“The evidence shows the victim had not committed any crime and Santos made misleading statements to law enforcement about what he had witnessed,” Hillsborough State Attorney Andrew Warren’s office said in a Tuesday email to Tampa, Florida, outlet WFLA.
“The young man felt threatened and was not free to leave, while Santos acted as though he had the legal authority of a law enforcement officer, including compelling the victim to put his hands in the air until sheriff’s deputies arrived.”
Santos’ personal recording of the June 9 incident shows the 54-year-old resident driving alongside the bike-riding teen, who was later found to be on his way to basketball practice. He immediately begins interrogating the teen and even asks the young man to provide his address.
“You’re not going anywhere,” Santos can be heard saying as he gets out of his vehicle. “You’re being detained. You’re not going anywhere.”
“I’m sorry?” the teen asks, presumably confused.
“You’re sorry?” Santos responds while approaching the teen. The video ends shortly thereafter.
According to the state attorney’s office, Santos called 911 around 5:34 a.m. local time.
“You stay. You stay right where you at,” the 54-year-old commands in the released audio. “You stay right where you at.”
“Good morning, I have somebody breaking into cars. Uh, we got it on video, and I got it right here in front of me,” Santos claims to the 911 operator.
The unidentified teen is overheard attempting to explain the situation but is quickly ordered to be quiet.
“You stay right where you at - I’m telling you this,” Santos asserts. “You can’t be breaking into people’s place. We got you on video. So relax. Relax.”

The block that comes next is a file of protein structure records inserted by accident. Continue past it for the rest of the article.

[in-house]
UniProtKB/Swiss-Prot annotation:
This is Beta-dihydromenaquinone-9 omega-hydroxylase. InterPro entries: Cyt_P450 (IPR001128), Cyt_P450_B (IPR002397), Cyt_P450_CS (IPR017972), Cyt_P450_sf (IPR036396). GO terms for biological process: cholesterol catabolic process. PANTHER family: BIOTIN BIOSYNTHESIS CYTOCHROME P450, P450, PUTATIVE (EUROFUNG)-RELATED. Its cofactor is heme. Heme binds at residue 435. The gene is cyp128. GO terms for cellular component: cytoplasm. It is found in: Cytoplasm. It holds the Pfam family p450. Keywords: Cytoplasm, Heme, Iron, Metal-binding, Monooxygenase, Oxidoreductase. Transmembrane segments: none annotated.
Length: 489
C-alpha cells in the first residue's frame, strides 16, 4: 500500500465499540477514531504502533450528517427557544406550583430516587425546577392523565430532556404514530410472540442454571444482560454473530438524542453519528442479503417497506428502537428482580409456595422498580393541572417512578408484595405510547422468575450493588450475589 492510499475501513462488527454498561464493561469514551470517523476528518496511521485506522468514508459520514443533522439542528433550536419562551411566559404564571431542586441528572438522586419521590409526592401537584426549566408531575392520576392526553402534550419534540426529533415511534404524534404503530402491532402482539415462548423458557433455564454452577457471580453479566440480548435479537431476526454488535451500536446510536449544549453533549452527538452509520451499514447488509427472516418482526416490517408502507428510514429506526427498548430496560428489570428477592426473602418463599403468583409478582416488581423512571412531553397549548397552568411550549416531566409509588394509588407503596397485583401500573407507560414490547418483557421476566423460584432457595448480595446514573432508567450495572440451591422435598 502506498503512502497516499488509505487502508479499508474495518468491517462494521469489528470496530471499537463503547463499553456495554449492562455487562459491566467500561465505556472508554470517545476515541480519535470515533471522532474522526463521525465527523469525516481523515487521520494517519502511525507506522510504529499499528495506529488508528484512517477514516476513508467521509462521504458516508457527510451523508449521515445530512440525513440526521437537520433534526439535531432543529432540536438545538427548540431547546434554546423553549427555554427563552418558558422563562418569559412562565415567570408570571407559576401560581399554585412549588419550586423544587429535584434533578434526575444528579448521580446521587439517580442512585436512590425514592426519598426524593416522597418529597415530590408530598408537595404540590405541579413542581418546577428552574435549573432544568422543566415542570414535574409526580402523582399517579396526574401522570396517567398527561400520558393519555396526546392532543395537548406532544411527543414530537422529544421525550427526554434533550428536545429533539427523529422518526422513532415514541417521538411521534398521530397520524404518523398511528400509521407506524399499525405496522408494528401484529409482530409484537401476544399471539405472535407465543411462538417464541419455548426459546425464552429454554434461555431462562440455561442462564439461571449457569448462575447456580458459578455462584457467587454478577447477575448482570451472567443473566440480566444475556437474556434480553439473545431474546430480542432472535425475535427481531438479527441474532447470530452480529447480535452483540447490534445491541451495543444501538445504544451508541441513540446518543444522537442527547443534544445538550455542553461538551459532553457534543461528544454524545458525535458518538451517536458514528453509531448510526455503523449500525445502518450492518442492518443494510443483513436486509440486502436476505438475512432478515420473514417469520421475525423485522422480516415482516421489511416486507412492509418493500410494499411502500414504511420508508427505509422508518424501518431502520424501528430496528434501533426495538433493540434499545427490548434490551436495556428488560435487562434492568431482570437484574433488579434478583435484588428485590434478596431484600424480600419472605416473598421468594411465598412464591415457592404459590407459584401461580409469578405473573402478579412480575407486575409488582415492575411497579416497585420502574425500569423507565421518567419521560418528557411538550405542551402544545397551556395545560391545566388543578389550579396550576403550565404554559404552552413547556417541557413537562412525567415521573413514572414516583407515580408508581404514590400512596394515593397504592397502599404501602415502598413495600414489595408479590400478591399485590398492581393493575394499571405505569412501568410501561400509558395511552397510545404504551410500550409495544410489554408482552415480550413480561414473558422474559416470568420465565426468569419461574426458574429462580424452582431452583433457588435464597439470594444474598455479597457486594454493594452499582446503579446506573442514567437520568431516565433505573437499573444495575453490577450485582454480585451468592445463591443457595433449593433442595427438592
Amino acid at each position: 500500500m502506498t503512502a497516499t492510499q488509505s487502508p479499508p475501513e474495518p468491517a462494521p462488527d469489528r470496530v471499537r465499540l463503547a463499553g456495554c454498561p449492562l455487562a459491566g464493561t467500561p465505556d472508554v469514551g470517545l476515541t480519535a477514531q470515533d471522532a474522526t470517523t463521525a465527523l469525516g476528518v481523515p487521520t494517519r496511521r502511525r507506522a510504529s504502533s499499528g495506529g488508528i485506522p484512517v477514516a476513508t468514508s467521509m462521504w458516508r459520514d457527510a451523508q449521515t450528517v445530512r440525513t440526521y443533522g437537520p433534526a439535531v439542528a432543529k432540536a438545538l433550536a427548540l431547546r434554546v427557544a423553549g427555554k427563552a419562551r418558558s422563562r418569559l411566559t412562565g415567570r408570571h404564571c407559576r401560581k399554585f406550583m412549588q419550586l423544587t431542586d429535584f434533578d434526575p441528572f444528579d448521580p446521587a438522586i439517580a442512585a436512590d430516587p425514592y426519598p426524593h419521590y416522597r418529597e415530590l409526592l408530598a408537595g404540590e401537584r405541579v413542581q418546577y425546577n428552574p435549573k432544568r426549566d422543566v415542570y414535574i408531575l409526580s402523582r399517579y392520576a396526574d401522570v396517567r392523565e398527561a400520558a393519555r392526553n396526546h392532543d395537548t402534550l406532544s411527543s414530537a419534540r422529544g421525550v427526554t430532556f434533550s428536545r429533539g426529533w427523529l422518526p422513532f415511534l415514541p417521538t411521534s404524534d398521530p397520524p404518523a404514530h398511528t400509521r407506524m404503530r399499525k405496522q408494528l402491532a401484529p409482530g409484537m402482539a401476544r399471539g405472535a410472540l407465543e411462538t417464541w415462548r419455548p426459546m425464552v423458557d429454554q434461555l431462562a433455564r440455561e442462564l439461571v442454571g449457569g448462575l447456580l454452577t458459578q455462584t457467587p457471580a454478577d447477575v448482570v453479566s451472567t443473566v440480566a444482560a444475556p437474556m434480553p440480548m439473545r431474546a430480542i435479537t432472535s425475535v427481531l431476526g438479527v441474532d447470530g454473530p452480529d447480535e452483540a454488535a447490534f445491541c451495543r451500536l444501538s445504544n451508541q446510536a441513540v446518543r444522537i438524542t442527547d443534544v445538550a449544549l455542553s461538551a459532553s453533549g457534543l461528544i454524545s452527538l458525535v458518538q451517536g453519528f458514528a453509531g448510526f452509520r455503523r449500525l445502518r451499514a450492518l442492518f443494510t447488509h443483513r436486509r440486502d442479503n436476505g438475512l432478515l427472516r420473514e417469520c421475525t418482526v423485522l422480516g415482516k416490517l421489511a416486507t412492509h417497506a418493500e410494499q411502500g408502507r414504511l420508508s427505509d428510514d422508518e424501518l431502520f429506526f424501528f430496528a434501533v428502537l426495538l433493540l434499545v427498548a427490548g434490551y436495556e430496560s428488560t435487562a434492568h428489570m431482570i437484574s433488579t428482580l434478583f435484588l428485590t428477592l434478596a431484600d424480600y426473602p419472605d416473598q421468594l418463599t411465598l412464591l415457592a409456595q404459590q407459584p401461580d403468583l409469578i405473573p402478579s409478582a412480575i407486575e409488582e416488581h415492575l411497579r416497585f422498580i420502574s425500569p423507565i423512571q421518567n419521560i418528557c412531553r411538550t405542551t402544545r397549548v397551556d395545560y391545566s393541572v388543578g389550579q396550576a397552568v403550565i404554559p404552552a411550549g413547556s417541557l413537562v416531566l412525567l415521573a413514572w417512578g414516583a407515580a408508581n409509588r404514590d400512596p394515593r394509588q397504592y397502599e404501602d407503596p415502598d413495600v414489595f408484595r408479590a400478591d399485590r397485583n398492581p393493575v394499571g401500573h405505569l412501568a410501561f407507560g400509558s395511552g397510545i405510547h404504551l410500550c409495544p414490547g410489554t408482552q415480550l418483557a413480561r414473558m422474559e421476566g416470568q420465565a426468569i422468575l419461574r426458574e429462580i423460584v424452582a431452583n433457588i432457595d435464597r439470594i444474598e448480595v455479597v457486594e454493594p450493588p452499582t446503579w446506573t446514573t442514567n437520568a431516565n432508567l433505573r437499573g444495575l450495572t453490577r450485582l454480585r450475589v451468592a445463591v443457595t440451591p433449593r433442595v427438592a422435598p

He then proceeds to tell the 911 operator that he believes the teen stole the bike he is riding.
“I got him with his hands up. I’m a - I’m a off-duty officer,” the 54-year-old claims.
An officer arrived at 5:42 a.m. local time, eight minutes after the call was made.
“The victim was visibly shaken and hyperventilating when deputies arrived, with his hands still over his head,” Warren’s office noted.
“He reasonably believed his life may be in jeopardy if he tried to leave or even move. Santos had no lawful authority to restrain a person in a public place and his own recorded words establish that he was restraining the victim, by threat, against his will.”
The teen, who remains anonymous by his own request, was not charged during the incident and was driven to practice by a deputy of the Hillsborough County Sheriff's Office (HCSO). WFLA reported that the young man was interviewed by prosecutors on July 20 and has also retained a lawyer.
Santos was arrested on Saturday and charged with false imprisonment, which, in Florida, carries a sentence of up to five years in prison and a maximum fine of $5,000. He was released on a $2,000 bond the same day, according to the HCSO booking website.